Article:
System Center Configuration Manager introduces a new capability for testing new versions of the Configuration Manager client before upgrading the rest of site with the new software. You can set up a pre-production collection in which to pilot a new client. Once you are satisfied with the new client software in pre-production, you can promote the client to automatically upgrade the rest of the site with the new version.
For more information on how to test clients, see How to test client upgrades in a pre-production collection in System Center Configuration Manager.
Operating system deployment
Be aware of the following changes to operating system deployment:
In the Create Task Sequence Wizard, Upgrade an operating system from upgrade package, a new task sequence type is available. It creates the steps to upgrade computers from Windows 7, Windows 8, or Windows 8.1 to Windows 10. For more information, see Upgrade Windows to the latest version with System Center Configuration Manager.
Windows PE Peer Cache is now available when you deploy operating systems. Computers that run a task sequence to deploy an operating system can use Windows PE Peer Cache to obtain content from a local peer (a peer cache source), instead of downloading content from a distribution point. This helps minimize wide area network (WAN) traffic in branch office scenarios where there is no local distribution point. For more information, see Prepare Windows PE peer cache to reduce WAN traffic in System Center Configuration Manager.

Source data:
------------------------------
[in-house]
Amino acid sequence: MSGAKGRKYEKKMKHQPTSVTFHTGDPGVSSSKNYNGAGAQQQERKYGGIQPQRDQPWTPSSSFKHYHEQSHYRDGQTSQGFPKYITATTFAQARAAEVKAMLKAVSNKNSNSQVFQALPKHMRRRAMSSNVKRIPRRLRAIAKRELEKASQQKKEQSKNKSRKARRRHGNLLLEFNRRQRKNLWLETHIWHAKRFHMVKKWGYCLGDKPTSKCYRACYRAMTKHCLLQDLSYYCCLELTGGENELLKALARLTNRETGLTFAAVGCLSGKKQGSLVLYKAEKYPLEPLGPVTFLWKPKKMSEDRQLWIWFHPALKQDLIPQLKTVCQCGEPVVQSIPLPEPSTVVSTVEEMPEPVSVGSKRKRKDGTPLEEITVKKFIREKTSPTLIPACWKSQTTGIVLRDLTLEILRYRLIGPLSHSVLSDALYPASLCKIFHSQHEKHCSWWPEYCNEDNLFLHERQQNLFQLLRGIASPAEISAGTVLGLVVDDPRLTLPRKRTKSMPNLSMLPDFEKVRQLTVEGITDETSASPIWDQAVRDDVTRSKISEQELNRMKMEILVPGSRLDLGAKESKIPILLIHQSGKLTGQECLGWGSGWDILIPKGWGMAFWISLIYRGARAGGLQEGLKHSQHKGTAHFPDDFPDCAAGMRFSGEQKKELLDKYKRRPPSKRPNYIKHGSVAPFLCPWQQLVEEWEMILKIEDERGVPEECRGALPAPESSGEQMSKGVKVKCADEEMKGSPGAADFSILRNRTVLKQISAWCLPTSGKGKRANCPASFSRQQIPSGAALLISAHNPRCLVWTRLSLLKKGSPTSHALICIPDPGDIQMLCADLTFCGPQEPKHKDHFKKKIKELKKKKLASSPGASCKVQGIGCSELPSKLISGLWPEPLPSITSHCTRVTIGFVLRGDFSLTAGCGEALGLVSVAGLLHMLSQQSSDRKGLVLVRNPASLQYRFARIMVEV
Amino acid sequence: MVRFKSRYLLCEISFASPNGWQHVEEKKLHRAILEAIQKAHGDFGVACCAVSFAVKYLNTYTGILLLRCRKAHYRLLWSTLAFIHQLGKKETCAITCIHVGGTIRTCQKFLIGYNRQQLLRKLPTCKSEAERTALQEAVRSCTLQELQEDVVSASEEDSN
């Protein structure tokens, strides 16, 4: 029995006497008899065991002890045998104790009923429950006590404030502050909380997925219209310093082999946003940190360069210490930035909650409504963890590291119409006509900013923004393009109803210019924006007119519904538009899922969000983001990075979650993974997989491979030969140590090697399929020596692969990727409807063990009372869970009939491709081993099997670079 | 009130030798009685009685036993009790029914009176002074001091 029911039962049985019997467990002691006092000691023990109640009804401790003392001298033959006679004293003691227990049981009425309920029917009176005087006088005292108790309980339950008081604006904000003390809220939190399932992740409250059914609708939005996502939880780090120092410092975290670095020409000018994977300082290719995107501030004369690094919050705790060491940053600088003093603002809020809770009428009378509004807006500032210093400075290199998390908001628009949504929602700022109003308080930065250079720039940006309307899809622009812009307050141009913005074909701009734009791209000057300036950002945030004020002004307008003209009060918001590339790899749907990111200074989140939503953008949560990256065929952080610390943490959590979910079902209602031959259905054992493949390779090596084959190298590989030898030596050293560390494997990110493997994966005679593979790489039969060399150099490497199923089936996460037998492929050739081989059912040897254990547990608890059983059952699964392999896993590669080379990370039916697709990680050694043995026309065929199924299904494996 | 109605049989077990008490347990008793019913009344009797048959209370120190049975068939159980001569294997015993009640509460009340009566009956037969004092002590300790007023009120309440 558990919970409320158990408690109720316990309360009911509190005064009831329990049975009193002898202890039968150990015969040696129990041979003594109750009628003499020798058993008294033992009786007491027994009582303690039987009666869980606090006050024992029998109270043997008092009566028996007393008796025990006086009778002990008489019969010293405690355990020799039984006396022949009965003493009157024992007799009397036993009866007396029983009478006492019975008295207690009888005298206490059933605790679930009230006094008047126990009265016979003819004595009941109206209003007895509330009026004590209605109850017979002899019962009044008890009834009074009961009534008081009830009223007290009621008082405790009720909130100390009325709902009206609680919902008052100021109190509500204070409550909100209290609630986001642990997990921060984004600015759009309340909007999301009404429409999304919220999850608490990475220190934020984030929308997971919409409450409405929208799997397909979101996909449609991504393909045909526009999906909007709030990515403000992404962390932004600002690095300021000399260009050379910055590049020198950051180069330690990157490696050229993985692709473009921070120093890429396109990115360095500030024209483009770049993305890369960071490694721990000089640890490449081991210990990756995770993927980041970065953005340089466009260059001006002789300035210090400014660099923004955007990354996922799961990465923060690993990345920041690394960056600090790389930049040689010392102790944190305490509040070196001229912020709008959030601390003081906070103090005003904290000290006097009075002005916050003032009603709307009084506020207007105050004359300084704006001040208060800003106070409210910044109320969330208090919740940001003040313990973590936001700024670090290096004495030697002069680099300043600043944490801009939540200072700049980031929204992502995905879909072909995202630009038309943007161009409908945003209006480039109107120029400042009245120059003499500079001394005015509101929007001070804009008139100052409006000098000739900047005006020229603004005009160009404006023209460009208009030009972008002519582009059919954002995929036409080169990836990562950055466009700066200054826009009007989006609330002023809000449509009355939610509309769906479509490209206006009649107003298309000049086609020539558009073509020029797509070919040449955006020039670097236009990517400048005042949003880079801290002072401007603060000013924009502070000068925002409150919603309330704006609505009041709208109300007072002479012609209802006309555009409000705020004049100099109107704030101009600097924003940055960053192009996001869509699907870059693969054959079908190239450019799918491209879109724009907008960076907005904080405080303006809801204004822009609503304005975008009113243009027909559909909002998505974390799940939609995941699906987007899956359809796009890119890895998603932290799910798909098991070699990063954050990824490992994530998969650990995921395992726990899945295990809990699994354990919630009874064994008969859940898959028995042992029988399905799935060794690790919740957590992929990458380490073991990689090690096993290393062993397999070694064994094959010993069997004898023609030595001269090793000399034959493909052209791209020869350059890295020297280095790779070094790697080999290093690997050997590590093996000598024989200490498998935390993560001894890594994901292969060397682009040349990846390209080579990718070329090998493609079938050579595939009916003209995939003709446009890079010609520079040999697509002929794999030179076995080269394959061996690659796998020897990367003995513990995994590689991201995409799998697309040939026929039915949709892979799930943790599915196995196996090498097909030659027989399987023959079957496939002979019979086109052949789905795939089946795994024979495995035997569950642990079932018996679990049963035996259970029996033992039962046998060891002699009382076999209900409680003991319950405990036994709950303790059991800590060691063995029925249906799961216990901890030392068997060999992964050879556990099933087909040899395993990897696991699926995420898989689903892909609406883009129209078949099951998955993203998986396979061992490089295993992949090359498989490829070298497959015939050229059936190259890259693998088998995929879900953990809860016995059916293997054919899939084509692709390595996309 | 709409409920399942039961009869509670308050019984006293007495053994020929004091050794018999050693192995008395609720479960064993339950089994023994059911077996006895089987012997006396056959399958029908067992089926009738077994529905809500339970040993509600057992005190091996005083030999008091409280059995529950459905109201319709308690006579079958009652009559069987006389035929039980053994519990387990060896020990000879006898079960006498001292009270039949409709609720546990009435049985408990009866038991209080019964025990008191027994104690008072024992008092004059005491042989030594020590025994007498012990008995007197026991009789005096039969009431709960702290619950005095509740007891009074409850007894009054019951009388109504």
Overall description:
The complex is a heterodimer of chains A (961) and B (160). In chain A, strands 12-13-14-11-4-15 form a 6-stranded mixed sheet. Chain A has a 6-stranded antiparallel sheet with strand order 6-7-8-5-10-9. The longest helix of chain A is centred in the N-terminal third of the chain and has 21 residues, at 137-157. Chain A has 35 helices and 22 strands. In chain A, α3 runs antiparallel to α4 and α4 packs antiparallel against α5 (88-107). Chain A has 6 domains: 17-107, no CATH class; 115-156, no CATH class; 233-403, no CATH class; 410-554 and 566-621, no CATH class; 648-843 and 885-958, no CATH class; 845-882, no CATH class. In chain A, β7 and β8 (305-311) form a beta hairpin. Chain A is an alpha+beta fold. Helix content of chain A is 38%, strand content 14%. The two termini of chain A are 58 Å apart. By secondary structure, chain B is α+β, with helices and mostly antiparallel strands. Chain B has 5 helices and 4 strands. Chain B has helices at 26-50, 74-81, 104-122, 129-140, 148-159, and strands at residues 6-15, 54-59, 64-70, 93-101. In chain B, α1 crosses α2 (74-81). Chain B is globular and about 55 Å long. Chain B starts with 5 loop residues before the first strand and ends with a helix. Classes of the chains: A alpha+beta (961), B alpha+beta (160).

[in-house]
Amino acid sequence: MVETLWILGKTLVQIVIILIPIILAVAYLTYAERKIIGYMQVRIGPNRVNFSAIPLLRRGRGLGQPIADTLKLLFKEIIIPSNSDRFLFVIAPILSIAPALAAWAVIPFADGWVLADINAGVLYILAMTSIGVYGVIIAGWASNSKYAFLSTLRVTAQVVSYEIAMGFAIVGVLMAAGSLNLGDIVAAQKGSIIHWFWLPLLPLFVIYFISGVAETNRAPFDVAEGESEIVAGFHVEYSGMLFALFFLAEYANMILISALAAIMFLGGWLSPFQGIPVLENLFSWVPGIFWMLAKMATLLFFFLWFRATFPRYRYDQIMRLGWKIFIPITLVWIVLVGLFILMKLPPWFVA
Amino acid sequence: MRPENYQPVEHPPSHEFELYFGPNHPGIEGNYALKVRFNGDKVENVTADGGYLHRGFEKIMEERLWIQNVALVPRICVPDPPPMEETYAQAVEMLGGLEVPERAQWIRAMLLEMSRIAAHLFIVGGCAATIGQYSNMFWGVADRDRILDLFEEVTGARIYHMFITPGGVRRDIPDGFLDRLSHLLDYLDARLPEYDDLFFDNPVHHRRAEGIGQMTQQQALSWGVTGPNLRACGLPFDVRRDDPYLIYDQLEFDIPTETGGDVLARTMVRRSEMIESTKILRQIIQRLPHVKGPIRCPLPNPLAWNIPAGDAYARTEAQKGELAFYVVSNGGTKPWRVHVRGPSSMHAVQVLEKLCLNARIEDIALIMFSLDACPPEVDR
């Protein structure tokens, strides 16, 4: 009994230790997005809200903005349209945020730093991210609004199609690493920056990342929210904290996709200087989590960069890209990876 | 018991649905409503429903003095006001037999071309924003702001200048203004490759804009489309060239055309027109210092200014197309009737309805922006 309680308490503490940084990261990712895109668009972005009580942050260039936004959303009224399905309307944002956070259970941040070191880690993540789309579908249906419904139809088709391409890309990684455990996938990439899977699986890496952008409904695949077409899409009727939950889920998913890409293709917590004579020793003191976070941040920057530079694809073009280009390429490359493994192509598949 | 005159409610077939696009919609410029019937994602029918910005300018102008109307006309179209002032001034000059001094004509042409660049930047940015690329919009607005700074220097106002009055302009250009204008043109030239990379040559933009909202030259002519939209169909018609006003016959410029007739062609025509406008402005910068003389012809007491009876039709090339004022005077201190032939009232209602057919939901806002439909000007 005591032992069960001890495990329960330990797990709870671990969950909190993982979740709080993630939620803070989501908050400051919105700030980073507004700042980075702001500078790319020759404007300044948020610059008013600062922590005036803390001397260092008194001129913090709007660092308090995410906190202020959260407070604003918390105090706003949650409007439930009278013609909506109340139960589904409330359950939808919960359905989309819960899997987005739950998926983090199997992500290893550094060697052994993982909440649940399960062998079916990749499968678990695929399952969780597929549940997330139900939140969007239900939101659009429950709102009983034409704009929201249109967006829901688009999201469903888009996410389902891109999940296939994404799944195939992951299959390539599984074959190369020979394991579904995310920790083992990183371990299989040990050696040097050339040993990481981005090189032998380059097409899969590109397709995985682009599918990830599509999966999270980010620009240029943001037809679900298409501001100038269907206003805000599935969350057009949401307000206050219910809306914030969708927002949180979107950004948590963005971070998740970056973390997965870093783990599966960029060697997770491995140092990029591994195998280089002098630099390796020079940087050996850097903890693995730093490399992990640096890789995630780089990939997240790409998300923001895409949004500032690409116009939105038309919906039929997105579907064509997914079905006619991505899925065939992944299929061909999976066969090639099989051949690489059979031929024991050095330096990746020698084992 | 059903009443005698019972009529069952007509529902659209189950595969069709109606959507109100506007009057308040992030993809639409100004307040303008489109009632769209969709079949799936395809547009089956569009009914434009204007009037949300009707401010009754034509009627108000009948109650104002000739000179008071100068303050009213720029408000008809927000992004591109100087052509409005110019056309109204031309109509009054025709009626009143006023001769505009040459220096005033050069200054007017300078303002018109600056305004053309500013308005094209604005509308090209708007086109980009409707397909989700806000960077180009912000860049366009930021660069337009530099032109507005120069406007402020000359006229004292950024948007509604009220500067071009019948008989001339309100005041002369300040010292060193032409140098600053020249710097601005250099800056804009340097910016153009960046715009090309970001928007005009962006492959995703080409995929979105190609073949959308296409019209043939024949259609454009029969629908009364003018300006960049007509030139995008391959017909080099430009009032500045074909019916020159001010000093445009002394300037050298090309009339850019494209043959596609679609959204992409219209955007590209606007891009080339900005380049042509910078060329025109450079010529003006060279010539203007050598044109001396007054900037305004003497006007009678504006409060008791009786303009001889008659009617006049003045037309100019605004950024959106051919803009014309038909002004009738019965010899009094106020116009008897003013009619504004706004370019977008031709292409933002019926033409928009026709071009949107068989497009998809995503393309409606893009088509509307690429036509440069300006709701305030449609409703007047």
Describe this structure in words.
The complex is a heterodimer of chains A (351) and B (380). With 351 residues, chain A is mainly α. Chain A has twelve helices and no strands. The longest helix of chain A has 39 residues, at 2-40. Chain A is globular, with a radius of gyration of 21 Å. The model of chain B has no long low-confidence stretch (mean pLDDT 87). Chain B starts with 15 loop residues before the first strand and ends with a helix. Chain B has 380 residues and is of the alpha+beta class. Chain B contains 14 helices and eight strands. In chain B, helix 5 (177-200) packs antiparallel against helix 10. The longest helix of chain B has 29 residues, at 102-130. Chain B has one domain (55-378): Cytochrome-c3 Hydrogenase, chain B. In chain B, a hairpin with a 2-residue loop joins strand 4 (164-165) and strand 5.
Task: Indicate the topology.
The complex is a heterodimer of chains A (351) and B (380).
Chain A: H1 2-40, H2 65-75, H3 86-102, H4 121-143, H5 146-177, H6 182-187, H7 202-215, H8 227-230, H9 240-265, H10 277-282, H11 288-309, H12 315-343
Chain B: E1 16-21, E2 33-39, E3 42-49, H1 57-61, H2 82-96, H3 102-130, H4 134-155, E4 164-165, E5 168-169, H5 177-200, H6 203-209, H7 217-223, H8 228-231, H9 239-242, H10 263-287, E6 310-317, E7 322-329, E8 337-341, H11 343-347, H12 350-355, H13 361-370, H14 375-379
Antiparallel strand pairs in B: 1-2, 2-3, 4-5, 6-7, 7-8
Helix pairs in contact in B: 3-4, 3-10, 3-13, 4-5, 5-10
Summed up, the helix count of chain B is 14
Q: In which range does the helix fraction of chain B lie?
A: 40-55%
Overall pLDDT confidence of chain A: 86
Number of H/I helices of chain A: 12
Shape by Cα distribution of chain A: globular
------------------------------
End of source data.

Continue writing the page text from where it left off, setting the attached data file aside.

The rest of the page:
You can now view the state of Windows as a service in your environment. You can also create servicing plans to form deployment rings, and ensure that Windows 10 current branch computers are kept up-to-date when new builds are released. Additionally, you can view alerts when Windows 10 clients are near the end of support for their build of Current Branch (CB) or Current Branch for Business (CBB). For more information, see Manage Windows as a service using System Center Configuration Manager.
Be aware of the following changes to application management:
System Center Configuration Manager lets you deploy Universal Windows Platform (UWP) apps for devices running Windows 10 and later. See Creating Windows applications with System Center Configuration Manager.
Software Center has a new, modern look. Apps that previously only appeared in the Application Catalog (user-available apps) now appear in Software Center under the Applications tab. This makes these deployments more discoverable, and makes it unnecessary for users to refer to the Application Catalog. Additionally, a Silverlight enabled browser is no longer required. See Plan for and configure application management in System Center Configuration Manager.